New York Times, Feb. 28, by Elisabeth Bumiller, Dateline: Washington A senior administration official later said in a background briefing with reporters that the discussions [between Putin and Bush] "never got heated," but the official was not in the room.

Chicago Tribune, Feb. 27, by Evan Osnos, Dateline: Aswan, Egypt "We are hopeful, but until we know exactly what the [Egyptian] government is embracing, it is too early to declare that it is a major change," a senior administration official said.

New York Times, Feb. 27, by Joel Brinkley and David E. Sanger, Dateline: Washington "We have to see the details of the [Egyptian] referendum," a senior administration official said. "We are hopeful, but until we know exactly what the government is embracing, it is too early to declare that it is a major change."

Los Angeles Times, Feb. 27, by Tyler Marshall, Dateline: Washington "I would not say that the two sides are close to a compromise," a senior administration official said in the wake of Bush's meetings in Brussels. "We're at an early stage of an intensive phase of discussions" with the Europeans.

Los Angeles Times, Feb. 26, by Paul Richter, Dateline: Washington A senior administration official, who spoke on condition of anonymity, said Rice had recently discussed reform and other issues with the Egyptians and wanted to give them time to make progress before a visit.

Chicago Tribune, Feb. 25, by Mark Silva, Dateline: Bratislava, Slovakia "We all realize that Russia is coming out of a difficult period," the senior administration official said Thursday night, adding that the leaders' "discussion never got heated. ... What we are looking for is some sort of sense of what the end goal really is. I think President Putin laid that out today." …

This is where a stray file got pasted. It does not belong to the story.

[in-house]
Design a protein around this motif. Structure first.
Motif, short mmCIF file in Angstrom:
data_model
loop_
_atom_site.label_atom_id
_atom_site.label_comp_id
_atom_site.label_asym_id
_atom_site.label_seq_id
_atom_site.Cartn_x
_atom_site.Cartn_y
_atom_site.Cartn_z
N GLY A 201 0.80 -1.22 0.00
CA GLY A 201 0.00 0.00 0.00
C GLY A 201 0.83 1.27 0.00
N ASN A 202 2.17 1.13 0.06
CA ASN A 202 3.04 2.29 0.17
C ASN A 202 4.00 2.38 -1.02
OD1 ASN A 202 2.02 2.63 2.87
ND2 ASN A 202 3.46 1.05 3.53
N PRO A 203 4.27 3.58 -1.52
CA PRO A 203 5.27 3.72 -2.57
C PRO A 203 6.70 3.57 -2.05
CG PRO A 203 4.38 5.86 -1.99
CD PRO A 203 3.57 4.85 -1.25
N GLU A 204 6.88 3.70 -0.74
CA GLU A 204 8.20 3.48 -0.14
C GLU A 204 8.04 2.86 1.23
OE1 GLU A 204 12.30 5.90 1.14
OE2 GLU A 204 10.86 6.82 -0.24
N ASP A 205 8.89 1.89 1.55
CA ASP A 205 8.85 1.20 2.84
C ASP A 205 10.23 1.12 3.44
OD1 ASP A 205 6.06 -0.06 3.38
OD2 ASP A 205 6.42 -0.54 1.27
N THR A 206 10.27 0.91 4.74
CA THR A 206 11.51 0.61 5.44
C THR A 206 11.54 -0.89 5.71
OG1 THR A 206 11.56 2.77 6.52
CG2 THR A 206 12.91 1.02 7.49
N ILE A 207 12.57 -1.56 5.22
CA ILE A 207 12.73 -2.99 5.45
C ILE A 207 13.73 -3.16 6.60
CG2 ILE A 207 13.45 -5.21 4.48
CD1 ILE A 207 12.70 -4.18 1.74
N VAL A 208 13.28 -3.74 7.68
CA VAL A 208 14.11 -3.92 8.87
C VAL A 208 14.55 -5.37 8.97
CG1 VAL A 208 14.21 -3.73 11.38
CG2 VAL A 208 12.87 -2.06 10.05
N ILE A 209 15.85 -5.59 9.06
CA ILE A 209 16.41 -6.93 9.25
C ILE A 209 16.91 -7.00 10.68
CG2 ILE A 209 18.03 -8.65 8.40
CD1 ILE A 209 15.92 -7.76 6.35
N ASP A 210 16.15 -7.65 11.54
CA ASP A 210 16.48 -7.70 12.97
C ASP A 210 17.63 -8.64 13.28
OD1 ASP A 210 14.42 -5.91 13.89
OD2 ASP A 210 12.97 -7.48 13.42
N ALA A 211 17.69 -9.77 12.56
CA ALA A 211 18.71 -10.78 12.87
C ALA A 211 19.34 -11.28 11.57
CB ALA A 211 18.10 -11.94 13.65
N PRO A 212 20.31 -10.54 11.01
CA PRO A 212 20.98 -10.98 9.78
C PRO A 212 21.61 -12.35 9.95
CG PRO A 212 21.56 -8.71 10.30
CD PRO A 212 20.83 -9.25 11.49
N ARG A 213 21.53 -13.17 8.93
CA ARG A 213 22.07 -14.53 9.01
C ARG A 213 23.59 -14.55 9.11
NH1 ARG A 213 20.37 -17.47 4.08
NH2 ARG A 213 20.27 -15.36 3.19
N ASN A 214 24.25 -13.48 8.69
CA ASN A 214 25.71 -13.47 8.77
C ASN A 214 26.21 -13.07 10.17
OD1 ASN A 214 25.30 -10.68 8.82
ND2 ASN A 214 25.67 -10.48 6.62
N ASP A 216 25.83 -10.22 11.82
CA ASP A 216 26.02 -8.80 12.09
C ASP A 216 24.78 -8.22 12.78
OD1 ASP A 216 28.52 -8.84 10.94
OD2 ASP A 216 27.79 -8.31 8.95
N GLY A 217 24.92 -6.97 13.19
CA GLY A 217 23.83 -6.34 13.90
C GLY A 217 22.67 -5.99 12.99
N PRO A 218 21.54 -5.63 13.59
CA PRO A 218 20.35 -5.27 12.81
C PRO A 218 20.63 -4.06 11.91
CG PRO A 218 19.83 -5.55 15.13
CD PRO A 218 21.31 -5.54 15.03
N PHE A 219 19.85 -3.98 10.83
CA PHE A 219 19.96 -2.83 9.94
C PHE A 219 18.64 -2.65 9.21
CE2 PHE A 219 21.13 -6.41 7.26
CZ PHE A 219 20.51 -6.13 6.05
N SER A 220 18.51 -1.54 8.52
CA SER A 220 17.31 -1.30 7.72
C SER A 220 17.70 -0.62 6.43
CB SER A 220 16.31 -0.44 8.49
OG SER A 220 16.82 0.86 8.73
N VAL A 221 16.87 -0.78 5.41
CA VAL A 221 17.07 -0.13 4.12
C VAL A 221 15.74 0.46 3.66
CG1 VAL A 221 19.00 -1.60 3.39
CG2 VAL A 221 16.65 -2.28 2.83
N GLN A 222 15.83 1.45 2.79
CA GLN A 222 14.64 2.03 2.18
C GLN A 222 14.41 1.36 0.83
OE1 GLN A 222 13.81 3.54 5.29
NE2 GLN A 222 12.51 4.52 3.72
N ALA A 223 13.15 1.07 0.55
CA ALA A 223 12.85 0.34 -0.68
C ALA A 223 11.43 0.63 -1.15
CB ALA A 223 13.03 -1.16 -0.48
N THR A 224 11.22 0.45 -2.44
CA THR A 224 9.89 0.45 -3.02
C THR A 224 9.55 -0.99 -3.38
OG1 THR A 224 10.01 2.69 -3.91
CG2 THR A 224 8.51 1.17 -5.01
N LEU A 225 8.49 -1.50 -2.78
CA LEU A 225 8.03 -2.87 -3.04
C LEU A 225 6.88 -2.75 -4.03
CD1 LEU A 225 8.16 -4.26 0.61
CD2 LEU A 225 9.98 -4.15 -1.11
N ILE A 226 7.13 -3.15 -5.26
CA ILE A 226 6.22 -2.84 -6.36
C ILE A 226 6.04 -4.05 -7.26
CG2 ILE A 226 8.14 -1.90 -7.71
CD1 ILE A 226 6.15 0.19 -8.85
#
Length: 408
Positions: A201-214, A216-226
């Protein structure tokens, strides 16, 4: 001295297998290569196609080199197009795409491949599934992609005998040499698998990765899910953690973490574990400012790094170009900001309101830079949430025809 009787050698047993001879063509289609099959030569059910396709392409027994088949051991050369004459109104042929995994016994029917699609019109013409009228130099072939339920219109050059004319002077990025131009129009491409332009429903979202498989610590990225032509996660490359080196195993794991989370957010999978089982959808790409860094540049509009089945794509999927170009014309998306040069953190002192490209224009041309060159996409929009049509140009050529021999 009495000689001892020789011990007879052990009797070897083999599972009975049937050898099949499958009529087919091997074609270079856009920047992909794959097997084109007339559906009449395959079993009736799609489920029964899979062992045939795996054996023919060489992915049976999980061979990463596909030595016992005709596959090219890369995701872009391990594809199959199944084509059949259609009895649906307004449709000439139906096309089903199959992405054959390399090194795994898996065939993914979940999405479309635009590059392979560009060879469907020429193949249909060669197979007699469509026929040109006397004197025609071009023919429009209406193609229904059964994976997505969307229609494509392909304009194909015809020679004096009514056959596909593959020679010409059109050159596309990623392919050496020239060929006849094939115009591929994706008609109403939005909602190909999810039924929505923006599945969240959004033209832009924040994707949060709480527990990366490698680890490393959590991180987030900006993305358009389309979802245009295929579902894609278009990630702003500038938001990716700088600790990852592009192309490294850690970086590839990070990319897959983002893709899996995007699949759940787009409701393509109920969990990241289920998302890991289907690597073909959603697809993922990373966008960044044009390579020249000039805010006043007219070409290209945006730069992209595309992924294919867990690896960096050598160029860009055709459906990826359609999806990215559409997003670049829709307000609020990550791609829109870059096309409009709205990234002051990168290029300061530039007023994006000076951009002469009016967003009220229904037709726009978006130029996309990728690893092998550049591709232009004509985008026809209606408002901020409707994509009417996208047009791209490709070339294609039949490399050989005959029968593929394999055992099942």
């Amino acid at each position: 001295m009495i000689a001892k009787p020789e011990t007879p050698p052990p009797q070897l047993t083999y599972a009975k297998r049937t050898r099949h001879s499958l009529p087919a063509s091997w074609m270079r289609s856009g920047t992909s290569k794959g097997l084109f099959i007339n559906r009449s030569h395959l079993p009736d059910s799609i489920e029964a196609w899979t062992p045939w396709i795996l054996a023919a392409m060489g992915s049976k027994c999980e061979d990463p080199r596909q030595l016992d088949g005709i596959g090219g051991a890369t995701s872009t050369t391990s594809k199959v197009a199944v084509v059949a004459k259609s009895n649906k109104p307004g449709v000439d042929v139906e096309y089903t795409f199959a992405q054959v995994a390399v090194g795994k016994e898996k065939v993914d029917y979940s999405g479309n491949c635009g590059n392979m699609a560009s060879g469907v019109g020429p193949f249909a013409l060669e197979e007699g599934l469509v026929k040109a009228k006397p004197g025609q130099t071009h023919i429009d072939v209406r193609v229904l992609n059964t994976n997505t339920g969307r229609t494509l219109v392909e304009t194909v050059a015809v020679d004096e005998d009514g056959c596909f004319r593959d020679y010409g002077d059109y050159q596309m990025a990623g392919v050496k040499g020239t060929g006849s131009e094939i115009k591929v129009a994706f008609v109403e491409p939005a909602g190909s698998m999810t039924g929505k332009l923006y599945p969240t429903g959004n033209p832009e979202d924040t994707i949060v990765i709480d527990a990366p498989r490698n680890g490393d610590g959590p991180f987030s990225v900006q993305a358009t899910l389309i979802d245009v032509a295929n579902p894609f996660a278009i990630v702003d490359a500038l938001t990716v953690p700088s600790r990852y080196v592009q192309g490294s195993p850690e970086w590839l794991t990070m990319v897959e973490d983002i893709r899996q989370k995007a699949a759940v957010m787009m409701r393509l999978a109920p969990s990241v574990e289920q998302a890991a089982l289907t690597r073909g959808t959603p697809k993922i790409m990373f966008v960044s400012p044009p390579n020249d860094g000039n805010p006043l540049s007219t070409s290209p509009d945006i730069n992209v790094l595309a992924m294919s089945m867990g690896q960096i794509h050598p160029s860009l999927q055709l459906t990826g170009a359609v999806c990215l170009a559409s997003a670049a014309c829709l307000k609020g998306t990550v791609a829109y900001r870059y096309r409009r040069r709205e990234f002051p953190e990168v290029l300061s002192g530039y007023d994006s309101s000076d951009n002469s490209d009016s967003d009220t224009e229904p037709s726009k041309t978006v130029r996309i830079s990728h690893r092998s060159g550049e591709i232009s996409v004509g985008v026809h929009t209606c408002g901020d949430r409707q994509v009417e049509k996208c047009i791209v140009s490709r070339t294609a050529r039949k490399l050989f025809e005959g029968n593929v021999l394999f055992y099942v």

In addition, the presidents agreed to seek Russia's admission to the World Trade Organization by year's end. "We have very good chances of meeting that goal this year,' the senior administration official said."

Los Angeles Times, Feb. 25, by Edwin Chen and David Holley, Dateline: Bratislava, Slovakia Earlier this week, a senior administration official who briefed reporters on Bush's meeting with French President Jacques Chirac in Brussels described the word "frank" as diplomatic code that usually is "a euphemism for 'bad.' "

Washington Post, Feb. 25, by Michael A. Fletcher and Peter Baker, Dateline: Bratislava Aides said Bush wanted to maintain a "supportive relationship" and considered other issues, such as security, "equally valuable" in the U.S.-Russian dialogue. "The goal here is not to criticize, not to accuse," a senior administration official told reporters under ground rules requiring anonymity. "The goal is to understand and to seek common ground and try to move this relationship forward."

Los Angeles Times, Feb. 24, by Edwin Chen, Dateline: Mainz, Germany Another senior administration official said Wednesday that the White House was pleased by the renewed transatlantic focus on the strategy toward Tehran. "There was a sense last fall that the issue of Iran was becoming more of a difference over tactics between the United States and Europe," he said. "Now, happily, the discussion is focused again on the real problem, which is the nature of Iranian behavior."